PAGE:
OGDEN — When Kami Johnson-Holley was diagnosed with multiple sclerosis in 2007 as a Fremont High School senior, she was told that staying active would help her deal with the disease.
The star basketball and softball player took the advice to heart, first by winning a scholarship to play basketball at Western Wyoming Community College for two years and now by completing her second year as a utility player for Weber State University’s softball team.
In a Standard-Examiner story on Johnson-Holley written when she was first diagnosed, she said she was determined to not be depressed about the diagnosis.
“Why be sad when I can’t do anything about it?” she figured.
WSU softball coach Tina Johnson said Johnson-Holley is the opposite of sad.
“She is incredibly energetic, very positive and, always when something happens, wanting to get better.”
Coach Johnson (who is no relation) said the disease has not affected Johnson-Holley’s performance on the field.
“Honestly, I forget (about the MS), because it doesn’t seem to have a huge impact. I’m sure it does, but she never shows that it does.”
Since being diagnosed, Johnson-Holley has made sure to control the disease with a daily shot and listening to her body while participating in the intense workouts and games of college sports.
The hardest part of dealing with the disease, she said, was moving away from home.
“I haven’t had any problems with it since I’ve been diagnosed. I’m very grateful for that, and I think a lot of that has to do with how active I’ve been and living a healthy lifestyle.”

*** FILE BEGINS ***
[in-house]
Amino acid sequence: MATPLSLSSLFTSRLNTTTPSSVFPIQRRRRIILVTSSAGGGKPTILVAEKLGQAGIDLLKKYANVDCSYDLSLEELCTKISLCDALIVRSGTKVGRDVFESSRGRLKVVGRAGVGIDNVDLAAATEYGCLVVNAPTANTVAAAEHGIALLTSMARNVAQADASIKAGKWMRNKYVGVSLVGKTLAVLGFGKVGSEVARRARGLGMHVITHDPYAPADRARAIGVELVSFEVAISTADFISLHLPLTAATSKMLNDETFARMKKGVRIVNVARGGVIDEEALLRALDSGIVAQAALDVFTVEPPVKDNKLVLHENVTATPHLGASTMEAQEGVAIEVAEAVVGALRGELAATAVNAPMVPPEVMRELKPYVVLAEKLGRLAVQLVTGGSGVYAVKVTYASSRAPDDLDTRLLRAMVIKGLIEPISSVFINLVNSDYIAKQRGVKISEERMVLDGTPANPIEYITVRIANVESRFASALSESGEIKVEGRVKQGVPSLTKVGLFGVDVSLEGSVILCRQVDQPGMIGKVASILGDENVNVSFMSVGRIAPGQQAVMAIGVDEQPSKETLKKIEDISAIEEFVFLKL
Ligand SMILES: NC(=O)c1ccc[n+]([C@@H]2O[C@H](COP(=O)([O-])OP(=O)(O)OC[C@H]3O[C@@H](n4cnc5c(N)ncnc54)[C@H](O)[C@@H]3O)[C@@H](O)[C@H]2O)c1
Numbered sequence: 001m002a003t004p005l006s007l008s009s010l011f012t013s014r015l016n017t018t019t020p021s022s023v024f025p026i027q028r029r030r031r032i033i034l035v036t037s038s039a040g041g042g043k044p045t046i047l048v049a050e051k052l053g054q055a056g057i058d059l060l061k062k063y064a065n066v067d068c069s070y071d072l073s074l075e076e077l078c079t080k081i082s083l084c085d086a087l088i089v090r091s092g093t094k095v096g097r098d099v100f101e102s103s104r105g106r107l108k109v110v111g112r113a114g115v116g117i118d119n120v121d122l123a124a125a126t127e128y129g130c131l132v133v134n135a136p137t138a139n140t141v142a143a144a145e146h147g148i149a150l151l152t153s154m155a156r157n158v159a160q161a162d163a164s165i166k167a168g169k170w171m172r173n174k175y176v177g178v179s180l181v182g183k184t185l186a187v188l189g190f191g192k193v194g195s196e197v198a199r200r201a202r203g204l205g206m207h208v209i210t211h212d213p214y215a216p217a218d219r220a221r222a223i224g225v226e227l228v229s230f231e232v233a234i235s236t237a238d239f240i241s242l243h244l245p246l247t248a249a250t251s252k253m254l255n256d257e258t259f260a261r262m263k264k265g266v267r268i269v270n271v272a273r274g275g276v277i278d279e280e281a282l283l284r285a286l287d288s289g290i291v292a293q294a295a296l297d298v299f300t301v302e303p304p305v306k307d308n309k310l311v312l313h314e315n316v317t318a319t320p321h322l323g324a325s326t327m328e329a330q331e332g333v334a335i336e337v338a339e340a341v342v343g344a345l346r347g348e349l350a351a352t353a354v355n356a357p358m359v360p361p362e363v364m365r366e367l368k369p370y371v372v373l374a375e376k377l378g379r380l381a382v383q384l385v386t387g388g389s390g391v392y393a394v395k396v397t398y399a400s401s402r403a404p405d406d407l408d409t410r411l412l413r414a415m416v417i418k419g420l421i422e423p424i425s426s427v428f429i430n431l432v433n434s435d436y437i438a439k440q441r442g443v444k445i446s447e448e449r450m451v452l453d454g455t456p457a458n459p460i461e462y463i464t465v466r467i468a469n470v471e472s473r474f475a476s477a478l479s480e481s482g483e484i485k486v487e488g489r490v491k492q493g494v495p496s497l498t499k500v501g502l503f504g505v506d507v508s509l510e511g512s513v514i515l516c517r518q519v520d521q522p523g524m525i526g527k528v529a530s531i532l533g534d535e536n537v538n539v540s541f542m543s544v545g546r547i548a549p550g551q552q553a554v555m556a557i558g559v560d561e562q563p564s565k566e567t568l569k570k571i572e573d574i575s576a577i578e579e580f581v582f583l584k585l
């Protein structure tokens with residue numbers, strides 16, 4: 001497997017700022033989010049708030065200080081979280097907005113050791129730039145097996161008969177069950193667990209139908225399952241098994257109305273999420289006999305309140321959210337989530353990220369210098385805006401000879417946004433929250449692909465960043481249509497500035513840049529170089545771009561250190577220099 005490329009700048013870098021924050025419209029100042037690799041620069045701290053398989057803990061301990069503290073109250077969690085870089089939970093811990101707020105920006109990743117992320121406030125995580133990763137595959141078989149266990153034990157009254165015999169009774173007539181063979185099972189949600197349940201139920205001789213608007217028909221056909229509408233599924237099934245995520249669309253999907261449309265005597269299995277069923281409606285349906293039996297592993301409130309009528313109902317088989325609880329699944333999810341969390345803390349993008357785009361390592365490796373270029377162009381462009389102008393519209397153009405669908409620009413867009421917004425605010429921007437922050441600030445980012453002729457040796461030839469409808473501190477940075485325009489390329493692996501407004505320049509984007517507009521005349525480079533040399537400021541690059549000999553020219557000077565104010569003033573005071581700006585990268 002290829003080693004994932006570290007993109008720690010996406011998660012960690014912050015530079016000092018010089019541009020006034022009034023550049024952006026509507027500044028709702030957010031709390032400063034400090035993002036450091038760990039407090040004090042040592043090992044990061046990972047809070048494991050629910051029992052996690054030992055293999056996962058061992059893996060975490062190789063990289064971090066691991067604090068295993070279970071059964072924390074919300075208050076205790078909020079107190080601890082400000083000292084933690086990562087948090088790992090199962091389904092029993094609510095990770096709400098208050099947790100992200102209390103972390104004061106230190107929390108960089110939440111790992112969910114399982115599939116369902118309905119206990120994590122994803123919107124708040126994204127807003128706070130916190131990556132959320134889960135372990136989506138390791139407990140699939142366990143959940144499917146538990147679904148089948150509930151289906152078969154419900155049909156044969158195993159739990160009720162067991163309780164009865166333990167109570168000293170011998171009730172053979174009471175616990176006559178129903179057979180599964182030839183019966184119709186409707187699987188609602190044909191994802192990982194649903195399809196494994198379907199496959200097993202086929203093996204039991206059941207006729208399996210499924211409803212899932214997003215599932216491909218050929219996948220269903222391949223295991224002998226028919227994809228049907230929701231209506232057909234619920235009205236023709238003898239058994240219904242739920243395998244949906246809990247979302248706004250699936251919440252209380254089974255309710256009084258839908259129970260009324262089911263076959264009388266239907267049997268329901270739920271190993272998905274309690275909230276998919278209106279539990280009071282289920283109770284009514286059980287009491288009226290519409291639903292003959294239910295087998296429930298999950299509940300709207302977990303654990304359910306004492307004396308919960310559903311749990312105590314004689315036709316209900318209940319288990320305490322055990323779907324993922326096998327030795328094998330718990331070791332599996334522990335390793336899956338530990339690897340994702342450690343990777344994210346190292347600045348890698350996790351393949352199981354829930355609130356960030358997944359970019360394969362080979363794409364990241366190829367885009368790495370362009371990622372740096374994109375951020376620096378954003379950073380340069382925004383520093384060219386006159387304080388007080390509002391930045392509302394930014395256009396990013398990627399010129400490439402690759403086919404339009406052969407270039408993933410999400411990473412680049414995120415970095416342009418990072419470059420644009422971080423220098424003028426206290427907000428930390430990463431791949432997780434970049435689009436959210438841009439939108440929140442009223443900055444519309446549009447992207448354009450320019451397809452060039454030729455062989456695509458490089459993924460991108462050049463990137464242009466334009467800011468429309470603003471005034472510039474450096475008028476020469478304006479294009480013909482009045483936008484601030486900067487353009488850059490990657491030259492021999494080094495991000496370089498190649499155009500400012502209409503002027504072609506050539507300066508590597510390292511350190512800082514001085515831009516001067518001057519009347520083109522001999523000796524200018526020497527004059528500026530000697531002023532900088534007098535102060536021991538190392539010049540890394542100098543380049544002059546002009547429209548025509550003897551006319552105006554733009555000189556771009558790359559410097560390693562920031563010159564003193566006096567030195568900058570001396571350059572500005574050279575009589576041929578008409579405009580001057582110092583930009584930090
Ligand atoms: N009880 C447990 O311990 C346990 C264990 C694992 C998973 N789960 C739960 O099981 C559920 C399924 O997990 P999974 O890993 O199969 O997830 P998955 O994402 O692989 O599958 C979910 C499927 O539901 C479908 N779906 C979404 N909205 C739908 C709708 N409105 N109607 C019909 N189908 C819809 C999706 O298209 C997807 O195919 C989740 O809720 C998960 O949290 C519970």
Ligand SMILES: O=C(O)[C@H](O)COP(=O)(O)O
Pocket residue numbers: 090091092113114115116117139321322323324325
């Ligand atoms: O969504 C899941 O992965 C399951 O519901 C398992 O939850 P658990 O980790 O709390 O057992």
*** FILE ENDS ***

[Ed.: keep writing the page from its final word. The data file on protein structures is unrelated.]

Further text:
After graduating from Wyoming with an associate degree, Johnson-Holley decided to move closer to home. Her mom suggested that she walk on to one of the Weber State teams, so she chose softball.
Johnson-Holley didn’t tell the coaches that she had MS until she made the team. She earned a scholarship this year and makes sure that the disease is not an excuse or something that qualifies her abilities.
“In high school, everybody knew. I felt like I got babied a bit, especially in basketball and in softball. They’d say, ‘Oh, Kami, you can sit out a bit.’ So I told myself I’m not going to tell anyone,” she said.
“I didn’t want to have it as a crutch or something like that. Being able to perform and have coaches know I’m fine is a big thing for me.”
Johnson-Holley hopes to start a family someday with her husband, Ryan Holley, and begin a career in teaching or wellness coaching when she graduates at the end of this month with a degree in health promotion.
She believes her college playing experience has helped prepare her for whatever life and MS bring.
“I really like the fact that I’ve been able to work in a team environment. It’s helping to prepare me for my future and being able to work through things,” Johnson-Holley said.
“I feel lucky because I’m ahead of the game because of my time here at Weber.”